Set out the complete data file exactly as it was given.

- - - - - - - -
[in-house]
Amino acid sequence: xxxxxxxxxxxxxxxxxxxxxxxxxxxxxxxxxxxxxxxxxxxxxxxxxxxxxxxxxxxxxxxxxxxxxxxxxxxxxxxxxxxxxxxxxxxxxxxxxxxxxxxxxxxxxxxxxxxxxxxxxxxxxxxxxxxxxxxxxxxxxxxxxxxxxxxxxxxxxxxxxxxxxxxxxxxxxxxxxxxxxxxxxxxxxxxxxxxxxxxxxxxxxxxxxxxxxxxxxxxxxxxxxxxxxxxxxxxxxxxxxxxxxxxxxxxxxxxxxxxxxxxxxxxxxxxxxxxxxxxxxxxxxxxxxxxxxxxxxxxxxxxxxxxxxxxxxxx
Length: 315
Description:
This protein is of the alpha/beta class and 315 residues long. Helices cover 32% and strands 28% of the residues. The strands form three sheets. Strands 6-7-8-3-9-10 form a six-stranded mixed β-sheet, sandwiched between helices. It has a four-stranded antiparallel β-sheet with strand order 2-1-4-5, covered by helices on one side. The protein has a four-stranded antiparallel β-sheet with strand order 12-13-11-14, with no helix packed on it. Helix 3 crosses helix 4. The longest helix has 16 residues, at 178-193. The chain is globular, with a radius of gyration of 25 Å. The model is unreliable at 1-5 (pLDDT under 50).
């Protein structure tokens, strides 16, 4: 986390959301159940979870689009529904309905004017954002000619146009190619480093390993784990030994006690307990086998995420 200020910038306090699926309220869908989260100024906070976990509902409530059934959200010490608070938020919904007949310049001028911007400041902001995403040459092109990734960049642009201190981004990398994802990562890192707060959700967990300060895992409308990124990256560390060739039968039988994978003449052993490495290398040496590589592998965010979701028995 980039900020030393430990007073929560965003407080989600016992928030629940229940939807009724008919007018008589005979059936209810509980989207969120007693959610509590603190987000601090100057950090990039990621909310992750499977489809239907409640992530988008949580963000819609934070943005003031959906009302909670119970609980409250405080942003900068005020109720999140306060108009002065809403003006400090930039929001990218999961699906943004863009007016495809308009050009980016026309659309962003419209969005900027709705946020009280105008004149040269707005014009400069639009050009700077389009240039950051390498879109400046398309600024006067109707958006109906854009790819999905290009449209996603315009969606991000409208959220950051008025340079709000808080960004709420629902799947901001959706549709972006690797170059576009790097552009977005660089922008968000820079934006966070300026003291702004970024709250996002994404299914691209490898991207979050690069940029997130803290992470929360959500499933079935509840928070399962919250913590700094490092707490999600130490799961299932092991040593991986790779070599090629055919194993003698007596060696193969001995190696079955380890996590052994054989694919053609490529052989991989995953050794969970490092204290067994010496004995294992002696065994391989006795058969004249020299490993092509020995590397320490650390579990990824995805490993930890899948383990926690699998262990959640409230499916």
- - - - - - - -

[in-house]
Amino acid sequence: xxxxxxxxxxxxxxxxxxxxxxxxxxxxxxxxxxxxxxxxxxxxxxxxxxxxxxxxxxxxxxxxxxxxxxxxxxxxxxxxxxxxxxxxxxxxxxxxxxxxxxxxxxxxxxxxxxxxxxxxxxxxxxxxxxxxxxxxxxxxxxxxxxxxxxxxxxxxxxxxxxxxxxxxxxxxxxxxxxxxxxxxxxxxxxxxxxxxxxxxxxxxxxxxxxxxxxxxxxxxxxxxxxxxxxxxxxxxxxxxxxxxxxxxxxxxxxxxxxxxxxxxxxxxxxxxxxxxxxxxxxxxxxxxxxxxxxxxxxxxxxxxxxxxxxxxxxx
Length: 315
Description:
This protein is of the alpha/beta class and 315 residues long. Helices cover 32% and strands 28% of the residues. The strands form three sheets. Strands 6-7-8-3-9-10 form a six-stranded mixed β-sheet, sandwiched between helices. It has a four-stranded antiparallel β-sheet with strand order 2-1-4-5, covered by helices on one side. The protein has a four-stranded antiparallel β-sheet with strand order 12-13-11-14, with no helix packed on it. Helix 3 crosses helix 4. The longest helix has 16 residues, at 178-193. The chain is globular, with a radius of gyration of 25 Å. The model is unreliable at 1-5 (pLDDT under 50).
């Protein structure tokens, strides 16, 4: 986390959301159940979870689009529904309905004017954002000619146009190619480093390993784990030994006690307990086998995420 200020910038306090699926309220869908989260100024906070976990509902409530059934959200010490608070938020919904007949310049001028911007400041902001995403040459092109990734960049642009201190981004990398994802990562890192707060959700967990300060895992409308990124990256560390060739039968039988994978003449052993490495290398040496590589592998965010979701028995 980039900020030393430990007073929560965003407080989600016992928030629940229940939807009724008919007018008589005979059936209810509980989207969120007693959610509590603190987000601090100057950090990039990621909310992750499977489809239907409640992530988008949580963000819609934070943005003031959906009302909670119970609980409250405080942003900068005020109720999140306060108009002065809403003006400090930039929001990218999961699906943004863009007016495809308009050009980016026309659309962003419209969005900027709705946020009280105008004149040269707005014009400069639009050009700077389009240039950051390498879109400046398309600024006067109707958006109906854009790819999905290009449209996603315009969606991000409208959220950051008025340079709000808080960004709420629902799947901001959706549709972006690797170059576009790097552009977005660089922008968000820079934006966070300026003291702004970024709250996002994404299914691209490898991207979050690069940029997130803290992470929360959500499933079935509840928070399962919250913590700094490092707490999600130490799961299932092991040593991986790779070599090629055919194993003698007596060696193969001995190696079955380890996590052994054989694919053609490529052989991989995953050794969970490092204290067994010496004995294992002696065994391989006795058969004249020299490993092509020995590397320490650390579990990824995805490993930890899948383990926690699998262990959640409230499916």